Vic Editor Vic Ketchman says yes.

It was a rite of passage for the 1972 Miami Dolphins and the 2007 New England Patriots, on their way to undefeated seasons. The ’72 Dolphins and ’07 Patriots each had to beat the Giants in New York late in those seasons to finish the regular season undefeated and untied. Now, the Packers must do the same this Sunday, in the feature attraction of Week 13 in the NFL.

Is it fate or just coincidence that the schedule falls this way for the Packers? Was it fate or just coincidence that the 10-0 Packers had to win in Detroit on Thanksgiving, where the 10-0 1962 Packers suffered on Thanksgiving the only loss of their season?

In other words, are the 2011 Packers a team of destiny? Hmmm.

I believe we’re gonna find out this Sunday in the Meadowlands. This, I believe, will be the Packers’ stiffest challenge in their quest for an undefeated season. Why do I believe that?

Let’s start with the fact that it’s a road game in what will clearly be a “hostile” environment. New Yorkers love to crash a party and they’ll be in full throat on Sunday to make the Packers’ pursuit of perfection as difficult as possible.

New Meadowlands Stadium can be as daunting a place to play as the stadium it replaced. The December winds will blow the ball around and not always in the direction the ball was intended to travel.

Reason No. 2 is a 45-17 shellacking the Giants suffered at Lambeau Field on the day after Christmas last year. It killed the Giants’ playoff hopes. It was a bitter pill to swallow and the lopsided score likely made this year’s game one the Giants “circled” when their schedule was announced.

Folks, there’s no ignoring it: Payback will be the Giants’ motive.

Reason No. 3 is the one that really counts: The Giants’ division title hopes, maybe even their playoff hopes, again, will be on the line.

The Packers are gonna get the best the Giants have to give, and I think that’ll represent the stiffest challenge the Packers will face in their remaining five games. That’s not to say that any of the remaining five are push-overs. The Packers’ closing schedule is formidable and if you’re thinking the Chiefs will be a soft touch in Kansas City, perish the thought; by then, the Chiefs will likely have Kyle Orton under center for his second go-round against the Packers this season.

Yeah, they’re all tough, but this one will be the toughest for the three reasons I mentioned above, and for one more reason, too: It’s in New York, where the media hype for this game will be intense.

The Packers will be facing a good team with its back to the wall, in a big game on the biggest of stages. Show me a tougher game on the schedule than this one, Mike.

Mike Staff Writer Mike Spofford says no.

I’m not willing to concede that the Giants game is the toughest remaining on the schedule. Tough, yes. The toughest, no, because the stakes might only rise for the Packers and their opponents later in December.

I do believe Sunday’s game will be a difficult one, regardless of New York’s outcome tonight against New Orleans. If the Giants get a big win on the road, they’ll be everyone’s pick to overtake the Cowboys in the NFC East. If they lose their third game in a row, they’ll be taking the field against the Packers desperate to save their season.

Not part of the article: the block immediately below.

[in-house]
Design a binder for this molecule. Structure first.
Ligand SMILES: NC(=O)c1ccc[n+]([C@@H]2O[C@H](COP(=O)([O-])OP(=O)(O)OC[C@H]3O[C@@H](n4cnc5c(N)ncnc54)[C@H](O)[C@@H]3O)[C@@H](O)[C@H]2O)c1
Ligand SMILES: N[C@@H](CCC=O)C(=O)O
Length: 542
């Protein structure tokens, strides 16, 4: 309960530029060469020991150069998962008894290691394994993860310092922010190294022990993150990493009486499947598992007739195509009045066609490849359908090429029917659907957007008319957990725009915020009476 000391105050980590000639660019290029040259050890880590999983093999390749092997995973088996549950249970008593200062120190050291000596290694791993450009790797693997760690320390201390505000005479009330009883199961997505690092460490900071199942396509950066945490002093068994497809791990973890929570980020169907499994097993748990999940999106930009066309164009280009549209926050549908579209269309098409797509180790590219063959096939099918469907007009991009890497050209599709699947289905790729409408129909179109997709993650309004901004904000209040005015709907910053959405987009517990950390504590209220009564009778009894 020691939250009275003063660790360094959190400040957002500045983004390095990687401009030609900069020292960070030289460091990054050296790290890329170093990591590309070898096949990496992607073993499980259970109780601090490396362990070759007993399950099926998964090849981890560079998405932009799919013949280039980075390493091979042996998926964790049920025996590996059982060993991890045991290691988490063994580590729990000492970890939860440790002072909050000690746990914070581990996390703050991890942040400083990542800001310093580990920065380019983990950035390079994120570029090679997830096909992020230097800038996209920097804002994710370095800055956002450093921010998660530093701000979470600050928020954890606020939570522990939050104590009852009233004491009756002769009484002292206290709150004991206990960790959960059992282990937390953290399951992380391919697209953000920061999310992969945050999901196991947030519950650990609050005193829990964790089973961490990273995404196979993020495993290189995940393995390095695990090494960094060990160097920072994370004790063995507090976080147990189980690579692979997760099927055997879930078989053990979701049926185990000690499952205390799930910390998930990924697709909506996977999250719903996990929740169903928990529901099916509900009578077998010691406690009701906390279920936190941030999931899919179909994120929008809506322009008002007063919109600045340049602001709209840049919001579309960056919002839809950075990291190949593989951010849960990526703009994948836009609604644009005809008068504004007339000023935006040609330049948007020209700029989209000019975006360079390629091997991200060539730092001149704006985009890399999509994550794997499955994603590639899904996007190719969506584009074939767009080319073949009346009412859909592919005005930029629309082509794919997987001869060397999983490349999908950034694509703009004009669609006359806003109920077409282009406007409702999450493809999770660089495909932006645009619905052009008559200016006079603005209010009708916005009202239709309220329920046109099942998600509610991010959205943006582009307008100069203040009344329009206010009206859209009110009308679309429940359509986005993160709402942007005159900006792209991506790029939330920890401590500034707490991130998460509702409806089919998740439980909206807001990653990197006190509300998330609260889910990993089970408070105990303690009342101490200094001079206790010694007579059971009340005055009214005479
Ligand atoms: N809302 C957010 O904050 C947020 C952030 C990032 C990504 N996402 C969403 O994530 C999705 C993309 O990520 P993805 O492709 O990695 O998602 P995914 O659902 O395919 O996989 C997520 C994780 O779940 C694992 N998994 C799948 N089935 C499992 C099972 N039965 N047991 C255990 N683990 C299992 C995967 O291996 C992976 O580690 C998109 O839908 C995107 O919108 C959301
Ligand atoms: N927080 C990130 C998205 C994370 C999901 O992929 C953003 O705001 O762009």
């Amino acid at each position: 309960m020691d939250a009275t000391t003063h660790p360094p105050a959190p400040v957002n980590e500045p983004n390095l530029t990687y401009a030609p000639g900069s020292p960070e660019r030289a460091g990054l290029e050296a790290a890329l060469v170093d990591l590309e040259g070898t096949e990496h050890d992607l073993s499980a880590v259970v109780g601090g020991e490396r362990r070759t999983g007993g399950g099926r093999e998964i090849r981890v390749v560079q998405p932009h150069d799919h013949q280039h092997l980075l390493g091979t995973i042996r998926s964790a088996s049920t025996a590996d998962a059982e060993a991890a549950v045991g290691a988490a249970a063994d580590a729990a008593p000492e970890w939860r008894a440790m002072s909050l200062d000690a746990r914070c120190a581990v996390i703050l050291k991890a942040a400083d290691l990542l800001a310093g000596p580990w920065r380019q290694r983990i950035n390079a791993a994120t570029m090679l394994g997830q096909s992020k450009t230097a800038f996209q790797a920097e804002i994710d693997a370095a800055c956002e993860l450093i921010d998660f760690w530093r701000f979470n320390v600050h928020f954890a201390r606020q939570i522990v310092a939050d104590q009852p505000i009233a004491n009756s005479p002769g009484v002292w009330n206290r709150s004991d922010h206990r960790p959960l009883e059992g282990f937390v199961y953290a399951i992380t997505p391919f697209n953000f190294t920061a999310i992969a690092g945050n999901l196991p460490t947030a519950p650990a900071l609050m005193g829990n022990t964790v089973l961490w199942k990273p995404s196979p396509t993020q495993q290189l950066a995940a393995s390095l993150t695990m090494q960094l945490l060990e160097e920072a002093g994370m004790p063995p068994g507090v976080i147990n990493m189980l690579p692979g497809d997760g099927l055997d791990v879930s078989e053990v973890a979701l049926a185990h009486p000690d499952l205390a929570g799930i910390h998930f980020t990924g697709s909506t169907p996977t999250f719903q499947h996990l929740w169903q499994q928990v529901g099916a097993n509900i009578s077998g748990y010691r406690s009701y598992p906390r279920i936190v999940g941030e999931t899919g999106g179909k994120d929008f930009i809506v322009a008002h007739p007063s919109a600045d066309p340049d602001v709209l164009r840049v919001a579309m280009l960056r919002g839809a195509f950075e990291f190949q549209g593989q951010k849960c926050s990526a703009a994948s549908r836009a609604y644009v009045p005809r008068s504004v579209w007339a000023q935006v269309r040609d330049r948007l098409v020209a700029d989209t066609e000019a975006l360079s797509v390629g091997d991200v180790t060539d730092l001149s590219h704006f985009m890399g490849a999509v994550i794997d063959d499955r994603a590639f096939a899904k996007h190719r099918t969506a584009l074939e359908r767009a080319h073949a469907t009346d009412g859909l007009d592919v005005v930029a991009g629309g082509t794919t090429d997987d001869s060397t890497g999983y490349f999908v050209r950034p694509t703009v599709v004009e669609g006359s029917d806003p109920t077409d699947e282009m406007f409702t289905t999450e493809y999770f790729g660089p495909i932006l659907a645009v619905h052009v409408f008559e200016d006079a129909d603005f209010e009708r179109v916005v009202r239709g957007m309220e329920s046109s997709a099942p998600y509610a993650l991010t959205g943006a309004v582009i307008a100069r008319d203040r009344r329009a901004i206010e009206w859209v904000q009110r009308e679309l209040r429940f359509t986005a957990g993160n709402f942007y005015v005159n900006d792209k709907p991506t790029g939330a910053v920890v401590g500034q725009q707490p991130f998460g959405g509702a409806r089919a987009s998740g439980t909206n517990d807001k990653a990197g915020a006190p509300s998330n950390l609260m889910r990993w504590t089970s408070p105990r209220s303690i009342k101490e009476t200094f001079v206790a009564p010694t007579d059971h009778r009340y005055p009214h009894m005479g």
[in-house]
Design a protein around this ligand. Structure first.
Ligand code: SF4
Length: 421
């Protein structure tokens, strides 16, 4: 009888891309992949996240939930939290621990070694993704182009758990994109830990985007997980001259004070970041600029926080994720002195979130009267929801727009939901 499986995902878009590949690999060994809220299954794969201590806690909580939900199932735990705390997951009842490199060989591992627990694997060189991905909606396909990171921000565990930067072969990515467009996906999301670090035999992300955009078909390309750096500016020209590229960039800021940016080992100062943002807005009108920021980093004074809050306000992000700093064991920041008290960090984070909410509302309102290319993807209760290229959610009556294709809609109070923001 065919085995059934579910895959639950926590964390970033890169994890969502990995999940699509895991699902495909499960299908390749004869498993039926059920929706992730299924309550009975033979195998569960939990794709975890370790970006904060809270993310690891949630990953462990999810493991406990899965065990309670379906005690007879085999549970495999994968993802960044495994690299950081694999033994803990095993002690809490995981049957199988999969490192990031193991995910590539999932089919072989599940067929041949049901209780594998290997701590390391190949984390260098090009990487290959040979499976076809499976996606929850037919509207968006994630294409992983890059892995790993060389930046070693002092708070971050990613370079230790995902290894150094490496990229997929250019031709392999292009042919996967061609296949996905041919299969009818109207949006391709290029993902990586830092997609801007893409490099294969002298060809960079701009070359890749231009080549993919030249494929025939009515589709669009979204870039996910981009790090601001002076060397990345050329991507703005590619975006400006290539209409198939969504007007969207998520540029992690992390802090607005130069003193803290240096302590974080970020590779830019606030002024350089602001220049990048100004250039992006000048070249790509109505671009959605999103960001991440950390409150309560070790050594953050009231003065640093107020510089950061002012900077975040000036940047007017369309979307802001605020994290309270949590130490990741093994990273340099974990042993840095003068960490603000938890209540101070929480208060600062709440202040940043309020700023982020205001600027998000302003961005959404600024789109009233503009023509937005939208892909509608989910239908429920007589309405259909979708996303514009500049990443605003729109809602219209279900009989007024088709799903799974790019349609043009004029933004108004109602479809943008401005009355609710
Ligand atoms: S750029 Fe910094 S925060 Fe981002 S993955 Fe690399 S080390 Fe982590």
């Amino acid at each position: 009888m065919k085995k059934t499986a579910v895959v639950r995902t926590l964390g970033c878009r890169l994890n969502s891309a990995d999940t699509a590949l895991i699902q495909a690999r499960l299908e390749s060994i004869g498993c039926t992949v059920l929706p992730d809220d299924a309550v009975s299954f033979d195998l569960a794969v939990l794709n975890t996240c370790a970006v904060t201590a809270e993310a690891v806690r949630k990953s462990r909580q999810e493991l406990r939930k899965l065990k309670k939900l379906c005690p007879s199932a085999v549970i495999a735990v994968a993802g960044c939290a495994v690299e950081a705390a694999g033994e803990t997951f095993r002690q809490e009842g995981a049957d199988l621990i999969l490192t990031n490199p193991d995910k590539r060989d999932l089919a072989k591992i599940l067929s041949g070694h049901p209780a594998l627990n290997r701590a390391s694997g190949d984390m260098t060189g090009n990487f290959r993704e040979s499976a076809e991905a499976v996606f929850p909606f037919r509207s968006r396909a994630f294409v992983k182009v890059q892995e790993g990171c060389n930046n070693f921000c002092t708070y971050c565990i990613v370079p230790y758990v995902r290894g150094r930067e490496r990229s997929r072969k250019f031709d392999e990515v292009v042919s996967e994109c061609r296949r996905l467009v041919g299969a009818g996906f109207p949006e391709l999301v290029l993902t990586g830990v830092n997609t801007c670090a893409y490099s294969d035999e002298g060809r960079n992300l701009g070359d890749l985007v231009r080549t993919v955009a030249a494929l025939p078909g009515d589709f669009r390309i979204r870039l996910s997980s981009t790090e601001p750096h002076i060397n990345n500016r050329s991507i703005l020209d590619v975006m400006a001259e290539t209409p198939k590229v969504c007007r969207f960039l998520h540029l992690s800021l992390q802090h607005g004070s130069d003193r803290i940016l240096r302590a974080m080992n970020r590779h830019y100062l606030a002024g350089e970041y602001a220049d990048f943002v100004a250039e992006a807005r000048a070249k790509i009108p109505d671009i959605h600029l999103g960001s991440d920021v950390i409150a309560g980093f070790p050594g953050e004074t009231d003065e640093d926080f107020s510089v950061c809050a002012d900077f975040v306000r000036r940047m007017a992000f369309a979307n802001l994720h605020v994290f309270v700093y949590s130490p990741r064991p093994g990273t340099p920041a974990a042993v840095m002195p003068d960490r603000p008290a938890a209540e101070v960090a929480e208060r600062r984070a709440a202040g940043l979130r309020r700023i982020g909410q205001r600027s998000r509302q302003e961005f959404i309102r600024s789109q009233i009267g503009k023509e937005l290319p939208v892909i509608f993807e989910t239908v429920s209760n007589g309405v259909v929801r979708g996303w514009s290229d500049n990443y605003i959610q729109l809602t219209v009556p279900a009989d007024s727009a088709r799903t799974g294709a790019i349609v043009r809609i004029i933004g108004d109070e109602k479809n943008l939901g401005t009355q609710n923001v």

It’s going to be a big game. But it would be a major misstep to believe any of the Packers’ four remaining games will be easier. This isn’t coachspeak here. This is reality.

Oakland has won three straight and, as many expected, quarterback Carson Palmer is settling in with his new team and piloting a playoff-caliber squad. The Raiders have impressive run-pass balance on offense, and they might get injured running back Darren McFadden back for the visit to Lambeau Field. Backup Michael Bush has filled in just fine, but McFadden’s return would give them a boost, and another weapon.

The trip to Kansas City will be no barbecue-style picnic, either. Playing in prime time their last two games, the Chiefs showed they’re nobody’s pushover on defense. Against New England on a Monday night, the Chiefs held the Patriots to just 10 points in the first half before running out of steam. Then this past Sunday night, they held the Steelers scoreless in the second half and came up just a couple of plays short in a 13-9 loss. Their offense is struggling, but newly acquired quarterback Kyle Orton might get the unit back on track soon. Playing for Denver, Orton threw for 273 yards against the Packers in Week 4.

Then, of course, the Packers’ last two games are against division opponents Chicago and Detroit. The Packers have both at home, but both could be fighting for their playoff lives.

Bears quarterback Caleb Hanie won’t look as erratic as he did in his first start this past week, with a few more games under his belt. Remember, aside from one ill-advised pass to B.J. Raji, Hanie played rather admirably against the Packers last January, so he’ll be confident against Green Bay’s defense. And who knows? Maybe Chicago will be talking about getting Jay Cutler back from that broken thumb by then, especially if the Bears’ playoff fate is at stake.

The Lions might have their season on the line, as well. If Detroit is playing for its first playoff berth since 1999, expect Lions Coach Jim Schwartz to empty the playbook, if that’s what it takes. Also, as long as defensive tackle Ndamukong Suh isn’t suspended for the rest of the season for his Thanksgiving ejection, he’ll be out to prove something on Jan. 1. The Lions will rally around that, particularly if the Packers remain unbeaten and Detroit gets another chance to ruin a rival’s perfect season.

So, I’m not buying that the Giants game this week will serve as a more crucial step on this journey than any other. If the Packers are 12-0 come Sunday night, resist the temptation to put it on cruise control. Stay buckled up, because the ride will be just beginning.

What do you think?